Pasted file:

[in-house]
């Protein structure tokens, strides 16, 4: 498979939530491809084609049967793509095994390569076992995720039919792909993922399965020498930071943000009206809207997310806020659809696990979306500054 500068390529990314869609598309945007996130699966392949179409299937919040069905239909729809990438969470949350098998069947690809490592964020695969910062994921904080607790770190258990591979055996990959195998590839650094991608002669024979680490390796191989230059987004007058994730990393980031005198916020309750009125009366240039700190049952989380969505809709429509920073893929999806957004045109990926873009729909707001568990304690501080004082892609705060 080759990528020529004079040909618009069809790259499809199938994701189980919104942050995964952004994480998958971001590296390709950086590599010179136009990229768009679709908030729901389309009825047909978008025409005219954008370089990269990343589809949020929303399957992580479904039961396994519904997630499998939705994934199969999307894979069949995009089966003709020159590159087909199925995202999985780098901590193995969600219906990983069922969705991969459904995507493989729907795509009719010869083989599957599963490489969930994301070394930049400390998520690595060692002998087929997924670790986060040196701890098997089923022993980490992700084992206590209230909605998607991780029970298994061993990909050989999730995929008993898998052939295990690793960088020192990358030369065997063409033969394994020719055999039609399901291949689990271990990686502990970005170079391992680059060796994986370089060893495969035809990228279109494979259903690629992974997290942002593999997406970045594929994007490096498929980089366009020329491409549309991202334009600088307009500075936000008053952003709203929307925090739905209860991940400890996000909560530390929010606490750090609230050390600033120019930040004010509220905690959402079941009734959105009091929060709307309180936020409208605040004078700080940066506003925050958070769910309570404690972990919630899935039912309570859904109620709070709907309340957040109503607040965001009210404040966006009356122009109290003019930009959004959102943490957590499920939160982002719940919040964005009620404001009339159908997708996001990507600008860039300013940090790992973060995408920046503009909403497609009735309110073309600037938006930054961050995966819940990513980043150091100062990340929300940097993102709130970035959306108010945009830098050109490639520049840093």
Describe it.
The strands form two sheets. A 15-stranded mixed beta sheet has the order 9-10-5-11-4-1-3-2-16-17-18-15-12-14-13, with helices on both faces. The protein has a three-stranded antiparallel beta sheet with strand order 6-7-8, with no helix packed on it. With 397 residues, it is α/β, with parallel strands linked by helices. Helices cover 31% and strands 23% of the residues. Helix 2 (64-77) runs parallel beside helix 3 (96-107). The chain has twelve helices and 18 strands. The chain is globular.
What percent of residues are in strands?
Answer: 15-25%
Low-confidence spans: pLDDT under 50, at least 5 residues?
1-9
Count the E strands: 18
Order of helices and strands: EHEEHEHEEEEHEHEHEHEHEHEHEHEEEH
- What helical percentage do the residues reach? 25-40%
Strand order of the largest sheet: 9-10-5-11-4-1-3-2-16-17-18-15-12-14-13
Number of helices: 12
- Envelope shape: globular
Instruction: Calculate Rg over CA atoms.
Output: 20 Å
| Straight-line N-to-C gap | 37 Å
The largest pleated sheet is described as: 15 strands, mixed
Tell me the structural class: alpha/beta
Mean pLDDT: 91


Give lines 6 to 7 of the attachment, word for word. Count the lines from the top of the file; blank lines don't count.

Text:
Answer: 15-25%
Low-confidence spans: pLDDT under 50, at least 5 residues?